Thiopurine treatment of human leukemia cells deficient in components of the mismatch repair system (Nalm6) initiated apoptosis after incorporation into DNA, as revealed by caspase activation and terminal deoxynucleotidyl transferase-mediated nick end100-106 labeling assay. To elucidate the cellular sensor(s) responsible for recognition of DNA damage in cells with an inactive mismatch repair system, we isolated a multiprotein nuclear complex that preferentially binds DNA with thioguanine incorporated. The components of this nuclear multiprotein complex, as identified by protein mass spectroscopy, included high mobility group proteins 1 and 2 (HMGB1, HMGB2), heat shock protein HSC70, protein disulfide isomerase ERp60, and glyceraldehyde 3-phosphate dehydrogenase. The same complex was also shown to bind synthetic oligodeoxyribonucleotide duplexes containing the nonnatural nucleosides 1-β-D-arabinofuranosylcytosine or 5-fluoro-2′-deoxyuridine. Fibroblast cell line derived from Hmgb1-/- murine embryos had decreased sensitivity to thiopurines, with an IC50 10-fold greater than Hmgb1-proficient cells (P <0.0001) and exhibited comparable sensitivity to vincristine, a cytotoxic drug that is not incorporated into DNA. These findings indicate that the HMGB1-HMGB2-HSC70-ERp60-glyceraldehyde 3-phosphate dehydrogenase complex detects changes in DNA structure caused by incorporation of non-natural nucleosides and is a determinant of cell sensitivity to such DNA modifying chemotherapy.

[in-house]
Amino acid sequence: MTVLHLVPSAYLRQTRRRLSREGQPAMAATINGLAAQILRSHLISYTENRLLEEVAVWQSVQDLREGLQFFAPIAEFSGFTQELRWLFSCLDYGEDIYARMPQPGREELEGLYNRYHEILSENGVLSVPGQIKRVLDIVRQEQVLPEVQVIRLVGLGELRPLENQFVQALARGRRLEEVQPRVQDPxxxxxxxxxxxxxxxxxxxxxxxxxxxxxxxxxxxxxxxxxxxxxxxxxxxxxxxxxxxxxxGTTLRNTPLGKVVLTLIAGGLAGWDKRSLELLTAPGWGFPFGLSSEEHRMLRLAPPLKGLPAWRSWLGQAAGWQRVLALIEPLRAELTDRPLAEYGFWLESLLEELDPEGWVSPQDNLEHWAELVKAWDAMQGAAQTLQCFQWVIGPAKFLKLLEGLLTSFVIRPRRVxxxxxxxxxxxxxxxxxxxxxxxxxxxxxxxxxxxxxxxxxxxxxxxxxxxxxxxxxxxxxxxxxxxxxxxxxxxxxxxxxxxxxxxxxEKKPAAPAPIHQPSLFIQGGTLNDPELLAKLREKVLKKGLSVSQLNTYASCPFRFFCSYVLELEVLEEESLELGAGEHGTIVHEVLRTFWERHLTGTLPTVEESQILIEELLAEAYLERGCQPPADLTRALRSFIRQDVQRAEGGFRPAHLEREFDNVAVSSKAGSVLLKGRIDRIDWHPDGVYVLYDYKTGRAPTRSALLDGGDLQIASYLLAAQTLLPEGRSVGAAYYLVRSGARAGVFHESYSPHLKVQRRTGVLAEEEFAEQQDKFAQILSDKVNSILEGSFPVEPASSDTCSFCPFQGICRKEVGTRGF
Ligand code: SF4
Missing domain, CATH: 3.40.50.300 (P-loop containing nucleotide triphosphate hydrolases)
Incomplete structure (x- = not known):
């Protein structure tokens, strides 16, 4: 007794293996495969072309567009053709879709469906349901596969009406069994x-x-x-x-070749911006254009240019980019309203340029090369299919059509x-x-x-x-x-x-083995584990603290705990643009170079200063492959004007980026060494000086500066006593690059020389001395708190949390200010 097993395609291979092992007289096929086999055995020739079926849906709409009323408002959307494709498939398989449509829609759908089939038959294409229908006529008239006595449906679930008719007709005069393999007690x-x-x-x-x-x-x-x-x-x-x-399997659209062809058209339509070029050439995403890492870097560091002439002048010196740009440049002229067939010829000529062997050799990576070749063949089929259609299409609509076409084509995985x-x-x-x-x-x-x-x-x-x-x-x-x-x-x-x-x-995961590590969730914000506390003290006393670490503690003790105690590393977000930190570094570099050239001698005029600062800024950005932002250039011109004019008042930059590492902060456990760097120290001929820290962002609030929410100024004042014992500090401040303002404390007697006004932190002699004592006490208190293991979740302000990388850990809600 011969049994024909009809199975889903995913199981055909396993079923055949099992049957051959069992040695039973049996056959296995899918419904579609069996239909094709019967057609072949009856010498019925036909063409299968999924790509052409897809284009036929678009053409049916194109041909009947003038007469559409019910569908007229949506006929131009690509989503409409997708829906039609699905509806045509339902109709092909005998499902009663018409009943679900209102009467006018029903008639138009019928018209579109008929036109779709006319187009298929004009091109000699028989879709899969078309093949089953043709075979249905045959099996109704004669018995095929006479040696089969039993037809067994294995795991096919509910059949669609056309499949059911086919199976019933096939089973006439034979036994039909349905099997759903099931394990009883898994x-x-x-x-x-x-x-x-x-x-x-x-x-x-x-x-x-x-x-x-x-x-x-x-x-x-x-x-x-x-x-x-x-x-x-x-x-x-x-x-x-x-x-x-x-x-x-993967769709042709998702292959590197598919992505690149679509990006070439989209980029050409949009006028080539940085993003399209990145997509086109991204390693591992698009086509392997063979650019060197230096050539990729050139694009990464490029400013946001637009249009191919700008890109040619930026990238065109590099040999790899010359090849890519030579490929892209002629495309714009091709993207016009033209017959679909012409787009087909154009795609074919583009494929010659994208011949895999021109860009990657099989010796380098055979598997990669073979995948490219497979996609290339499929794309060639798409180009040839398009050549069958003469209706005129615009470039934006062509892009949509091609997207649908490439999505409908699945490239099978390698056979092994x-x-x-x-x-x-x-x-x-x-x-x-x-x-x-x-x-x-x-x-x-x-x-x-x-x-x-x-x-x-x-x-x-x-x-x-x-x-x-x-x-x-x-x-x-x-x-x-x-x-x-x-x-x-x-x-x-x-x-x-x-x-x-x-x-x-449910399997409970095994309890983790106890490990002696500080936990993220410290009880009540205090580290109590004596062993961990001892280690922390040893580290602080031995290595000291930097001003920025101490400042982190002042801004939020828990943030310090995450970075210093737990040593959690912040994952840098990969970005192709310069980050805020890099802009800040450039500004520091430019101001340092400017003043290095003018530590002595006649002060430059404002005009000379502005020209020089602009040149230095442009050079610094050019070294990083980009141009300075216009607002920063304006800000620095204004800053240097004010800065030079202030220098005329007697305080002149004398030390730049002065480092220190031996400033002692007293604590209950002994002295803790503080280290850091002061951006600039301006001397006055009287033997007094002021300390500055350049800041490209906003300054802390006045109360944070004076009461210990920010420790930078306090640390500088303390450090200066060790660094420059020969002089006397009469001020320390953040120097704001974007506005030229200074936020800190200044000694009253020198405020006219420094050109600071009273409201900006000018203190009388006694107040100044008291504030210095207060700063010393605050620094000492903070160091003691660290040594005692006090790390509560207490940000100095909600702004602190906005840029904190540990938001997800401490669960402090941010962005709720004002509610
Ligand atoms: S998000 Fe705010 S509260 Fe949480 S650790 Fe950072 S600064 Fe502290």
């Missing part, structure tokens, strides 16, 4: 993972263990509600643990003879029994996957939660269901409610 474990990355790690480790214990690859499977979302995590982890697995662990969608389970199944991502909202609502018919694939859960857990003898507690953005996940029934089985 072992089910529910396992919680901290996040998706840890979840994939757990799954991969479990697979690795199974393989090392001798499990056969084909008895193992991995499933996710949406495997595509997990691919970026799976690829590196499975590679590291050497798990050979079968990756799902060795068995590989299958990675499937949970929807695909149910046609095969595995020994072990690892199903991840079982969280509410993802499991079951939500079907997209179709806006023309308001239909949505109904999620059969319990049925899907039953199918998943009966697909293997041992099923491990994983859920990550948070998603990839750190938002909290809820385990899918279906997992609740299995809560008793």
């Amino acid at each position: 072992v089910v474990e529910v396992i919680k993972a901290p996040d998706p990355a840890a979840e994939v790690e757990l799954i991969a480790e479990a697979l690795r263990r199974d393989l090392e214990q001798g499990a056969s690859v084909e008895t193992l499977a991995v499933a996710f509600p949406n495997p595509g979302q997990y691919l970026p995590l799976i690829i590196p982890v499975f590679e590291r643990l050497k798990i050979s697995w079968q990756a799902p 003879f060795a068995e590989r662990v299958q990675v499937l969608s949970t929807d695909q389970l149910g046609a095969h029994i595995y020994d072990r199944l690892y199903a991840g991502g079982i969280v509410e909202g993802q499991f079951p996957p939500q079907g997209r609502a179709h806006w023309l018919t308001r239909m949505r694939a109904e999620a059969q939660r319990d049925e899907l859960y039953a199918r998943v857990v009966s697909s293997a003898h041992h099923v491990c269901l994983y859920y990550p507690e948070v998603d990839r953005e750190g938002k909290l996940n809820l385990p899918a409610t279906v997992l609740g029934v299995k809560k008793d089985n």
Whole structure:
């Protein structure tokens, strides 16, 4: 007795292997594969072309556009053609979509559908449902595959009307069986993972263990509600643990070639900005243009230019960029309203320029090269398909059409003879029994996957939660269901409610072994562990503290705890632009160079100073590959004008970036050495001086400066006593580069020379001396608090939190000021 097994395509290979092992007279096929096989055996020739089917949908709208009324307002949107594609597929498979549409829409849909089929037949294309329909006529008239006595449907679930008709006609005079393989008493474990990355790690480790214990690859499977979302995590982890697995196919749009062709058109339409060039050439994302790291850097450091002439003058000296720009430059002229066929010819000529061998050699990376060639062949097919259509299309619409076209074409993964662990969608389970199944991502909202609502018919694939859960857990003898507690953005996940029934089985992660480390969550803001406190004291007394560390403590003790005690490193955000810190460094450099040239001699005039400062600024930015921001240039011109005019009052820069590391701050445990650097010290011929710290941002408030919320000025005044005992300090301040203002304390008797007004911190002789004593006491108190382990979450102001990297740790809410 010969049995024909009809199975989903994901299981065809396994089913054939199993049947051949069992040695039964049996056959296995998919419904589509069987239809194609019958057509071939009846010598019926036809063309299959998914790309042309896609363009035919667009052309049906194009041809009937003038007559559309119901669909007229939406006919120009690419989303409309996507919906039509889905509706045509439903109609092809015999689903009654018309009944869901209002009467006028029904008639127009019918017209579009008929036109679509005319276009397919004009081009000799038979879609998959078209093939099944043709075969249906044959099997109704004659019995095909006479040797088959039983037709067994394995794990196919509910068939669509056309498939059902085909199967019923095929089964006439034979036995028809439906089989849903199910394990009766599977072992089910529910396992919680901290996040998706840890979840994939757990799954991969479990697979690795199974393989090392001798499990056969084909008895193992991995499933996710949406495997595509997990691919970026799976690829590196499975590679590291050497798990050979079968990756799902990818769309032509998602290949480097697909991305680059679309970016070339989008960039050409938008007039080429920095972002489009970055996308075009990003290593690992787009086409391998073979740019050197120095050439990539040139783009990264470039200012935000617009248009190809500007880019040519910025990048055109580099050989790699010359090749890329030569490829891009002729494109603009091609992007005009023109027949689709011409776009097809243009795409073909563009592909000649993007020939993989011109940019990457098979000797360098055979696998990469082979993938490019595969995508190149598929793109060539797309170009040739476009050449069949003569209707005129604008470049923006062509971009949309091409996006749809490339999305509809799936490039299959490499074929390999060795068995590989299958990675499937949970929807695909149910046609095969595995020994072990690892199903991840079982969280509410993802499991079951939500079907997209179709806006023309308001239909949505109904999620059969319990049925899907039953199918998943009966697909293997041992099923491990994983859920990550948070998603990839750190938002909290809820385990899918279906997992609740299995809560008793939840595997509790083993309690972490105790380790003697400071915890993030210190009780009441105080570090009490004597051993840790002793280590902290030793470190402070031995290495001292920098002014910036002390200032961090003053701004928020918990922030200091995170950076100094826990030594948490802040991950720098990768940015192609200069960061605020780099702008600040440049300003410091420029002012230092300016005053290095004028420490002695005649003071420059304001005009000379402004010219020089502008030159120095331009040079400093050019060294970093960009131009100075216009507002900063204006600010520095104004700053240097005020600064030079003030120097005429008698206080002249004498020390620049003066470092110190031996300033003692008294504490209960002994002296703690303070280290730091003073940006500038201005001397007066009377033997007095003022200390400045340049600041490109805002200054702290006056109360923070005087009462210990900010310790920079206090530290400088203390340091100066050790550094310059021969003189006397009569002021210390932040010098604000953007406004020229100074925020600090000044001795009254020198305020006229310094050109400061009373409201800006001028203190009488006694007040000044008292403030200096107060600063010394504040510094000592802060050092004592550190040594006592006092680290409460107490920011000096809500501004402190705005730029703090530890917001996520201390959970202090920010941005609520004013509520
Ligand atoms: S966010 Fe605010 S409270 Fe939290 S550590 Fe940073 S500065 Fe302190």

|Number of pages||7|
|Publication status||Published - Jan 1 2003|
ASJC Scopus subject areas
- Cancer Research